The magneto lurches into fetid paste
spurning the crispy scythe
on a poaching ä safari in Kenya
shadowing the uncommon solicitor.  **

U Ua-Uo U (uracil) (NLM) UA UAA UAG
UAL Ubidecarenone Ubiquinone
Ubiquitin Ubiquitination Ubiquitous
UBT UDP-glucuronosyltransferase UGA
UL Ulcer Ulcer aphthous Ulcer
Buruli Ulcer duodenal Ulcer esophageal  ***

At a poetry reading, you could breathe raggedly into the microphone for precisely seventeen seconds and then pronounce the word ruction — and call it a poem.

The following “poem” consists of randomly selected html code:

<TD WIDTH=”50%”>&nbsp;<A HREF=”HistoricalDocuments.html”><IMG
SRC=”BookFeatherPen.gif” WIDTH=”70″ HEIGHT=”62″ ALIGN=”BOTTOM”
ATURALSIZEFLAG=”3″ BORDER=”0″><FONT SIZE=”-2″ FACE=”Verdana”>Historical
<TD WIDTH=”50%”>&nbsp;<A HREF=”index.html”><FONT FACE=”Verdana”><IMG
SRC=”caplink.gif” WIDTH=”50″ ALIGN=”BOTTOM” BORDER=”0″ HEIGHT=”65″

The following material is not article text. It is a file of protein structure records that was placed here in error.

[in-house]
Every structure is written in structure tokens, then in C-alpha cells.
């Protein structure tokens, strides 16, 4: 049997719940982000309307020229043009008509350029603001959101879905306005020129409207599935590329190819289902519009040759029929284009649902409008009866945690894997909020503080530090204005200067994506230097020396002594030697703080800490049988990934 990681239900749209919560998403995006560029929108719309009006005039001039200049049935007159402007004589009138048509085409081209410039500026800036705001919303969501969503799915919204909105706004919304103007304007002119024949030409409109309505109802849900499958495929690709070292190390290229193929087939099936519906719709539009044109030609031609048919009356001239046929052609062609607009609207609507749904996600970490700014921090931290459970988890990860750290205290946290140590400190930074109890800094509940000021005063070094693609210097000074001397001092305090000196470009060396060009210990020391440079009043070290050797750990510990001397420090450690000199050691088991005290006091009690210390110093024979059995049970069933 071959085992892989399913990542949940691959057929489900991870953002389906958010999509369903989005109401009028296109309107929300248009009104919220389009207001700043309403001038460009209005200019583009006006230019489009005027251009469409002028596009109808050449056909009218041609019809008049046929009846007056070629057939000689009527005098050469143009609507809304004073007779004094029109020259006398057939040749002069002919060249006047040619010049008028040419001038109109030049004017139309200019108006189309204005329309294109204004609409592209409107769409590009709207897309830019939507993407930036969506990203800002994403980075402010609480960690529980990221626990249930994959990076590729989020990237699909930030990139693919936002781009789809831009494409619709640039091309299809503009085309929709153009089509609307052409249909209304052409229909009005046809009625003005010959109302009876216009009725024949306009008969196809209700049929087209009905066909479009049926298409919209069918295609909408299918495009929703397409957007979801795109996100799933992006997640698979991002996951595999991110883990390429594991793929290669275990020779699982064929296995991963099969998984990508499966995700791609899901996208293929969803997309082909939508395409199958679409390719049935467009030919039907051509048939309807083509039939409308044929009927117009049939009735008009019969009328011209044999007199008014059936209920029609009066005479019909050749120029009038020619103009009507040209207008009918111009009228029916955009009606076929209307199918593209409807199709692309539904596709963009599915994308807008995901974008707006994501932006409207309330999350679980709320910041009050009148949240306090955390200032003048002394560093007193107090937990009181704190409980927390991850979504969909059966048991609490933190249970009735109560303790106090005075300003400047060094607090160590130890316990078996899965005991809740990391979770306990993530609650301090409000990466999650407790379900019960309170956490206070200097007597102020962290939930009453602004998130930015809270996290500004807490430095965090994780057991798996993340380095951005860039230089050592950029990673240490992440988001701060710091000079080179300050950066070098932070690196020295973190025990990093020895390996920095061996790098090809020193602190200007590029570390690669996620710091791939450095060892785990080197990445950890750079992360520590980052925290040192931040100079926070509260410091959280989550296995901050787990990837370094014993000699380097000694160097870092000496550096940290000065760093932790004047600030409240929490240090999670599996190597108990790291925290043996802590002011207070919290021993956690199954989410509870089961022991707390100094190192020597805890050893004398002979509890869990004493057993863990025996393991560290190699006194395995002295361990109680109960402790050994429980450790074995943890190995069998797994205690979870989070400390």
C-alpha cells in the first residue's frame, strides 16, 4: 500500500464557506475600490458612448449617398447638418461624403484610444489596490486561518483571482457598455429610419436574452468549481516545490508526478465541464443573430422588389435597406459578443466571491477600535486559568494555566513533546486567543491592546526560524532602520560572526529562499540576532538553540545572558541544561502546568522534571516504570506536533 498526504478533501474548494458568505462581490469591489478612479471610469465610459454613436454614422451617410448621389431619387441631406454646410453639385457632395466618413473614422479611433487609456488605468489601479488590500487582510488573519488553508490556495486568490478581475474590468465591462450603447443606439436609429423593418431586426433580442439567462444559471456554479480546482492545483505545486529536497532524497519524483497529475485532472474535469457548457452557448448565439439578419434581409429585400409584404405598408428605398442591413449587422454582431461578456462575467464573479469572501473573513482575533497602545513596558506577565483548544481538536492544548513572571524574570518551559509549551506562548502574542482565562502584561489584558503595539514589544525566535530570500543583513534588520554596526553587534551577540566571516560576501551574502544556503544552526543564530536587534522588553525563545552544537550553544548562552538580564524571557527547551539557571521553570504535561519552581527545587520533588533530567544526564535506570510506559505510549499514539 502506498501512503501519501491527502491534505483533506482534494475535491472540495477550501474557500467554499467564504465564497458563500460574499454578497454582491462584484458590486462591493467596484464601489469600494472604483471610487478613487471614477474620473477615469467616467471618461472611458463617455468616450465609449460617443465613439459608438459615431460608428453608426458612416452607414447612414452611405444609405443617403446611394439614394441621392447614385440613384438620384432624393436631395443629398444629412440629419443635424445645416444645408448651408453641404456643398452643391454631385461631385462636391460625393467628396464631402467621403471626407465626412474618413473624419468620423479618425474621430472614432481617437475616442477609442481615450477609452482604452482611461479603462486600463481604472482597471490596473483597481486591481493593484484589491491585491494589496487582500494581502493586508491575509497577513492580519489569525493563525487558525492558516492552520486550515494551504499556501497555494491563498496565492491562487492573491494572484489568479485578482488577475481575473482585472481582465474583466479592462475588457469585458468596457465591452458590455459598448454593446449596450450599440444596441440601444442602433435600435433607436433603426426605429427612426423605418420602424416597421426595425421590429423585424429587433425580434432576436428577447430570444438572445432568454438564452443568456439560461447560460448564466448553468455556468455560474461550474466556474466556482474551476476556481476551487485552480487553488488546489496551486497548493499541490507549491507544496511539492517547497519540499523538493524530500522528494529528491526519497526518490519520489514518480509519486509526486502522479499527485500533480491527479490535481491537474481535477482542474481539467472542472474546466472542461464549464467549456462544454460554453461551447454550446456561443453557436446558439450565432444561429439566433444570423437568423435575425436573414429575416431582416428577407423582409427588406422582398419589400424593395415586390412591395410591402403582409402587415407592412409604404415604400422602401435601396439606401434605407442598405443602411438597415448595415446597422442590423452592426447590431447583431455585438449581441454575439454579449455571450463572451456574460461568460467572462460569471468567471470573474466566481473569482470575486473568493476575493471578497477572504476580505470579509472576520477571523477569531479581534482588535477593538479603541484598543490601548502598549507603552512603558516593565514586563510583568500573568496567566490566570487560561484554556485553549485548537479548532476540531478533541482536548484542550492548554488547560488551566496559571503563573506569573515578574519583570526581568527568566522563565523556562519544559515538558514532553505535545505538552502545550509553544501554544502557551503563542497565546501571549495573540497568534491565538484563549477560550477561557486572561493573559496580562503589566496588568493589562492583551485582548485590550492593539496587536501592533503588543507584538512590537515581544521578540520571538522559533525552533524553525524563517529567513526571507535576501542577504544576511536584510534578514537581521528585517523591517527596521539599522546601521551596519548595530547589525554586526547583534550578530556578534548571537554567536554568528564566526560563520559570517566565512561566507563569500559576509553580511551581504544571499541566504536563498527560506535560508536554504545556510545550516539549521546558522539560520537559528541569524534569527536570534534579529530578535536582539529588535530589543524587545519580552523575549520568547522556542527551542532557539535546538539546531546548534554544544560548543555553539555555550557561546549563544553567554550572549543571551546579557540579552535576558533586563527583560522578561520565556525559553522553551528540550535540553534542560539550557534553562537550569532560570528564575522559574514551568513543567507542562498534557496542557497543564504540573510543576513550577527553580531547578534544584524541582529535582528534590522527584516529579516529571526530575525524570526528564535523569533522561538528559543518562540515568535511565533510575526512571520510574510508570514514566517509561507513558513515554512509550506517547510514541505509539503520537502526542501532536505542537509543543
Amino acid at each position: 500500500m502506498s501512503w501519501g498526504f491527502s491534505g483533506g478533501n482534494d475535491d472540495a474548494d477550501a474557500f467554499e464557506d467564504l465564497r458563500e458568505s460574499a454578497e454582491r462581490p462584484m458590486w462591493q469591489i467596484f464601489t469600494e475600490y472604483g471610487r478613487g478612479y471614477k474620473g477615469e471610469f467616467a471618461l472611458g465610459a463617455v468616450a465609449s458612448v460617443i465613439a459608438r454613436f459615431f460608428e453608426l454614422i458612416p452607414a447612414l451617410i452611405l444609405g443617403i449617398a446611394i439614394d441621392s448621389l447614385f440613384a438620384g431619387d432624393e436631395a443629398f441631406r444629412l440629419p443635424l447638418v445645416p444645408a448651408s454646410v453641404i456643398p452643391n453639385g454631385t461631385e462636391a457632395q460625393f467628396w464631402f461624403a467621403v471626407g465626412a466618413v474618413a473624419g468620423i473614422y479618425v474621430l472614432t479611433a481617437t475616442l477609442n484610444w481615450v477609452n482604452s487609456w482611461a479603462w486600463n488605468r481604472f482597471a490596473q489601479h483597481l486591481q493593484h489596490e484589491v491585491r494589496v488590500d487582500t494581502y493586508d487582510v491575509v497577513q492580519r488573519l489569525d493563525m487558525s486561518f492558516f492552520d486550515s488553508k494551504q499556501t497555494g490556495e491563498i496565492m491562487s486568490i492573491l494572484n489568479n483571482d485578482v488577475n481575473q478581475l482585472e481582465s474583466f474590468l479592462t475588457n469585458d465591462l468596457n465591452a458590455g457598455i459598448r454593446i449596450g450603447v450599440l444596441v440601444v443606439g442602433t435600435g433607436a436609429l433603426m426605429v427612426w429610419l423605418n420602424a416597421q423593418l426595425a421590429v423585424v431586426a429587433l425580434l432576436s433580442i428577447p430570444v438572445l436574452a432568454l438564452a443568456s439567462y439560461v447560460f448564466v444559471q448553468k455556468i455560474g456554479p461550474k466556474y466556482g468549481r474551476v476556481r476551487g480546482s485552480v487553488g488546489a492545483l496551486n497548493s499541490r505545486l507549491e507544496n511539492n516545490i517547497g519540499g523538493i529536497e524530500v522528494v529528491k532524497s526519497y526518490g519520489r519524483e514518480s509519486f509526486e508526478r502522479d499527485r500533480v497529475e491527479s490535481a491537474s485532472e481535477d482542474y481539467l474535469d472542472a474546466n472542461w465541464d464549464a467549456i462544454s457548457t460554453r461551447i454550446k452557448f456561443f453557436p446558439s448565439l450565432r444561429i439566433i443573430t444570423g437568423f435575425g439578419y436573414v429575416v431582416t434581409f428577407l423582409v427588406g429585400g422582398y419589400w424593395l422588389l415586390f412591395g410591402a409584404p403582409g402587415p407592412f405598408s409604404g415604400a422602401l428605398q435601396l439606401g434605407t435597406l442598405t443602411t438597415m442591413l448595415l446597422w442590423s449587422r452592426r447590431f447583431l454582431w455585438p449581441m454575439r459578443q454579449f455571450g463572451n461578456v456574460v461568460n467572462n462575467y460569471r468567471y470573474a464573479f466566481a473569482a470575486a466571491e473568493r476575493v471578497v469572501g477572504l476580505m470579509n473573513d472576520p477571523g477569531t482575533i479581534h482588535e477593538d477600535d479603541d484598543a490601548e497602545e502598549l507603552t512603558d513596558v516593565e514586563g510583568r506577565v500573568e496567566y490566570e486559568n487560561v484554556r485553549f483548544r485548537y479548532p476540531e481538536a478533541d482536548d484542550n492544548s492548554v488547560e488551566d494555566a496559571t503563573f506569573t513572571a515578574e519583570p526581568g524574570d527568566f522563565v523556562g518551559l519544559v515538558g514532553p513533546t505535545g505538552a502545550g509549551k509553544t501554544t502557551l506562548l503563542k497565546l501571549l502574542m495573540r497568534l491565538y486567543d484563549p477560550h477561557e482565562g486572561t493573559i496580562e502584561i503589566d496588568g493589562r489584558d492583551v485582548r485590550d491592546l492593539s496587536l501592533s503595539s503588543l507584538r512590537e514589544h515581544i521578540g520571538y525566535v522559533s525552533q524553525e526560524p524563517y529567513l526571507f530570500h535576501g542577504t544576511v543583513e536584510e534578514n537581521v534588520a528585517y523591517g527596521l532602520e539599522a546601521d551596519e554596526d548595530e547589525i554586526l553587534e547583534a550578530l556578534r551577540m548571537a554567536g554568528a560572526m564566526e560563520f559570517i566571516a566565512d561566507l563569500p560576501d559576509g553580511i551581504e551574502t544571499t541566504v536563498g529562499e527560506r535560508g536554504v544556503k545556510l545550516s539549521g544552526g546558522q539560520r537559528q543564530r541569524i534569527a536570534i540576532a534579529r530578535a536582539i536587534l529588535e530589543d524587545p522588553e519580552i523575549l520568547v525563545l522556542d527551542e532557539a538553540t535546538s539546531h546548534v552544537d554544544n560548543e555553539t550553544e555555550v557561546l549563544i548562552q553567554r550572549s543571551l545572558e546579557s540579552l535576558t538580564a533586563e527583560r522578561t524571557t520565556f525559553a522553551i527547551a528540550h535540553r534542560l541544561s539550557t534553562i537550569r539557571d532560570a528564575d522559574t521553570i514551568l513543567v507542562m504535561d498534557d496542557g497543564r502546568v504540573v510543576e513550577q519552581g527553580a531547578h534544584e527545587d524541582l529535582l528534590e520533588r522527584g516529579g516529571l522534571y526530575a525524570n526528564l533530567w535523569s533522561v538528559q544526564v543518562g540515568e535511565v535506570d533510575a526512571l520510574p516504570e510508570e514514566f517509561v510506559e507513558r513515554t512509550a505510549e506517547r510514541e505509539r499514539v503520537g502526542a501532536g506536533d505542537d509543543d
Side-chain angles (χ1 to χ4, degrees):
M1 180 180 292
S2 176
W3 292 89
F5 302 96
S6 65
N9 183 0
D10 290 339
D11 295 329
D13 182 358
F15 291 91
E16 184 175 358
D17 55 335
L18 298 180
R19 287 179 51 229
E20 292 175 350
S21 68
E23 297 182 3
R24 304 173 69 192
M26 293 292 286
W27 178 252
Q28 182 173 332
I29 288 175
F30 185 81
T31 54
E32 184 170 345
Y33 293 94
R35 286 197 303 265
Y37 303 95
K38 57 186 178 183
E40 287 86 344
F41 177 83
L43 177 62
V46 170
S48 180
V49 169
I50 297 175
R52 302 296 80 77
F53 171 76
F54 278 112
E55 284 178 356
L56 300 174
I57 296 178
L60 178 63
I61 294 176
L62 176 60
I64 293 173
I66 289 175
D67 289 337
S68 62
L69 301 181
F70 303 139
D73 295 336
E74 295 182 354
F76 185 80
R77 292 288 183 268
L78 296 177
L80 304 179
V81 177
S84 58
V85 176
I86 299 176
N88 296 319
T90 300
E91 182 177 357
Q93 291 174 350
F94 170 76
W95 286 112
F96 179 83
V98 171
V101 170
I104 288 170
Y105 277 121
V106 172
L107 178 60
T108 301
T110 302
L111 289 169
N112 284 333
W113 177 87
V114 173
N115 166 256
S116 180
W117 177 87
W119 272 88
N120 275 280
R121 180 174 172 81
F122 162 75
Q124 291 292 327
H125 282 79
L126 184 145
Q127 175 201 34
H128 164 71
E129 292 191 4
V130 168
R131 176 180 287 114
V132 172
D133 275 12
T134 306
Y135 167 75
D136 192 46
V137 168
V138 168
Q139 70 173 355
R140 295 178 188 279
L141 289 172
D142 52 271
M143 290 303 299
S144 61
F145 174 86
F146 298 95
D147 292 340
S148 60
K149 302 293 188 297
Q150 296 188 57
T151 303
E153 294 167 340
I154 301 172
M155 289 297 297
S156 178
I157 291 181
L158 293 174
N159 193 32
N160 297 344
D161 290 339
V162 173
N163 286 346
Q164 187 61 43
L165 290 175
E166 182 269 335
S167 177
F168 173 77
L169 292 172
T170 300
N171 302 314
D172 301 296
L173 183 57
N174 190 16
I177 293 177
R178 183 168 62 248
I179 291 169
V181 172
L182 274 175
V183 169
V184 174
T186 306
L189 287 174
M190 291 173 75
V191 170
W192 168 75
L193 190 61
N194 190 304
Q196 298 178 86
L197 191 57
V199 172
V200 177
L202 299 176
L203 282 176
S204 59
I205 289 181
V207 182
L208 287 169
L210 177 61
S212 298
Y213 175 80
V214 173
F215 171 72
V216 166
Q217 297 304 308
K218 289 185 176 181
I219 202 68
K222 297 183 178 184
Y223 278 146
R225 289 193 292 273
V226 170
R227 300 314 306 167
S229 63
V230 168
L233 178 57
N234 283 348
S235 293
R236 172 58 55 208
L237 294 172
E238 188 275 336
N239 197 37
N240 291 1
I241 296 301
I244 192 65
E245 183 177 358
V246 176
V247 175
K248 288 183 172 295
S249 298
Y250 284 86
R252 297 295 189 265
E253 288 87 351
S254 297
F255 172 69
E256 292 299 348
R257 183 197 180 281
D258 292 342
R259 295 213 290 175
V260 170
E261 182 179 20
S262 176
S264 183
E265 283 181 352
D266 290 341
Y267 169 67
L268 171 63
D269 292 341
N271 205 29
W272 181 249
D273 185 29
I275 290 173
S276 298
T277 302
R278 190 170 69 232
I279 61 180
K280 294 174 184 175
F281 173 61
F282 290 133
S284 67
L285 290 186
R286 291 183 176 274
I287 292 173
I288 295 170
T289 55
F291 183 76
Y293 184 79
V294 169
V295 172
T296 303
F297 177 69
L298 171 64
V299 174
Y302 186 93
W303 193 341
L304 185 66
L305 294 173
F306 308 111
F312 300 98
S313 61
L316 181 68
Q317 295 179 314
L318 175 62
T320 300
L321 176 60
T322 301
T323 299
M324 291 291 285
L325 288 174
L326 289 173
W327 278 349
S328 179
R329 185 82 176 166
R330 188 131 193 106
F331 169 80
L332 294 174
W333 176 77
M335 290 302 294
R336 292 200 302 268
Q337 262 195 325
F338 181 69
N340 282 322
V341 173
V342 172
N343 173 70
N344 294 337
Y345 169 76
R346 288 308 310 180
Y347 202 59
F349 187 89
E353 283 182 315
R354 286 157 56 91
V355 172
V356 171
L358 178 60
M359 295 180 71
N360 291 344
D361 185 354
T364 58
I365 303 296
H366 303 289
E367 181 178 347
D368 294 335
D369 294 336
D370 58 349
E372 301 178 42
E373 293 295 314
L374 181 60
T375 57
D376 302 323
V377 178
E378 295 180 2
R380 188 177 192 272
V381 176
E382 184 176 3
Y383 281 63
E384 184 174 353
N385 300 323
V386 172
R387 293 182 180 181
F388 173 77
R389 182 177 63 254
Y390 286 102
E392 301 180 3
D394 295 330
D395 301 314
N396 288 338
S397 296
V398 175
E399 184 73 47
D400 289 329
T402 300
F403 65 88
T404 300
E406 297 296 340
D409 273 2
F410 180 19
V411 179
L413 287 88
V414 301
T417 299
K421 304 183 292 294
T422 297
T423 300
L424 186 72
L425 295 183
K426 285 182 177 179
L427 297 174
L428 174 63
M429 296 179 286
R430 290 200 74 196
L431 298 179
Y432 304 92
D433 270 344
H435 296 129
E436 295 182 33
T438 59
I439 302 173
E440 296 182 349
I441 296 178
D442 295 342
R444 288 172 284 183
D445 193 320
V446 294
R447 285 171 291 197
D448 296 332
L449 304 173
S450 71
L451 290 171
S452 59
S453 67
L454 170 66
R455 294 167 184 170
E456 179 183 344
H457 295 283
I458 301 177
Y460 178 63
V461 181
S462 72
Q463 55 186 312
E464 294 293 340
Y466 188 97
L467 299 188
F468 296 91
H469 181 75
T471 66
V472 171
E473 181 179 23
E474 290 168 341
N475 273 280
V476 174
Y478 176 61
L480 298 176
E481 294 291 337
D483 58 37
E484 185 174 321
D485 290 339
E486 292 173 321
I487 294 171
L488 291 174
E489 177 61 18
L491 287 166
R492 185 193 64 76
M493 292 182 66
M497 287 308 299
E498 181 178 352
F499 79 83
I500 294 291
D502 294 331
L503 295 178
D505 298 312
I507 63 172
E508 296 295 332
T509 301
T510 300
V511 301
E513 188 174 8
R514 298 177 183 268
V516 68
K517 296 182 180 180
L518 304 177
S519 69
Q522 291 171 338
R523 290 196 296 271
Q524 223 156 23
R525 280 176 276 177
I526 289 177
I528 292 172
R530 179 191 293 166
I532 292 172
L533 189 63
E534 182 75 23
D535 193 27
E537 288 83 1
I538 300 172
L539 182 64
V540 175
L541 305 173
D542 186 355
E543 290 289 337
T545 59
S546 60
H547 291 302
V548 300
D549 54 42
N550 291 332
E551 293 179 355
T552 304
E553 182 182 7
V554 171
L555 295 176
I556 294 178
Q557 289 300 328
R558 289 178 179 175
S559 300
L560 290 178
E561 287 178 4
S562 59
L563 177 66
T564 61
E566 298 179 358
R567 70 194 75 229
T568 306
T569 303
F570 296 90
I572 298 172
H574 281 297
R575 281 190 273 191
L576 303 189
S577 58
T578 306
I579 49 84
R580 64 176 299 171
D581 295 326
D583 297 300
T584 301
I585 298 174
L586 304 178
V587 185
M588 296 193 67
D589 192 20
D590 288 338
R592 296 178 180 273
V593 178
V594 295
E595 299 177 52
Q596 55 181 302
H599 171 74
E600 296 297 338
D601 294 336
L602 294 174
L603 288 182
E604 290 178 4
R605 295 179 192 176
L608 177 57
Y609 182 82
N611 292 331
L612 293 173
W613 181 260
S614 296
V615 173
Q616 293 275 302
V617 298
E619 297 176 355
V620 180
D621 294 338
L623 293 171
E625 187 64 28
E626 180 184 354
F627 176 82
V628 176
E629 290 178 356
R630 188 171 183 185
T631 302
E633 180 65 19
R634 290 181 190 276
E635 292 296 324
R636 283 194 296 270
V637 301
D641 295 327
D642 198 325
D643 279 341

ATURALSIZEFLAG=”2″></FONT><FONT SIZE=”-2″ FACE=”Verdana”>National
enter Home Page</FONT></A></TD>

If art is merely “an expression of human creativity”—a widely held belief—then anyone can be an artist. You don’t have to take classes or anything. There’s no particular discipline involved. You thought of it, you created it; ergo, it’s art.

Let’s say you have created a painting that looks something like this  (the outside border is the frame):

Dash, by You

Dash, by You

It’s art, all right, no question about it — an “expression of your creativity.” But surely you have applied your creativity at other times in other ways that might not qualify as “art.” Like the time you told your dad you had been detained at a roadblock while law-enforcement officers searched hundreds of vehicles for an escaped homicidal maniac, and that’s why you got home past your curfew. “Creative,” your dad said, and then he grounded you “for your own protection” until the missing maniac had been returned to custody.

Notwithstanding, you take your painting, which you have titled Dash, to an art gallery for validation by a real professional art personage, but Monsieur is unavailable at present. Still, you are encouraged by the inscrutability of the other works of art on display, although, examining them closely, you wish you had thought to vomit on your work of art before framing it.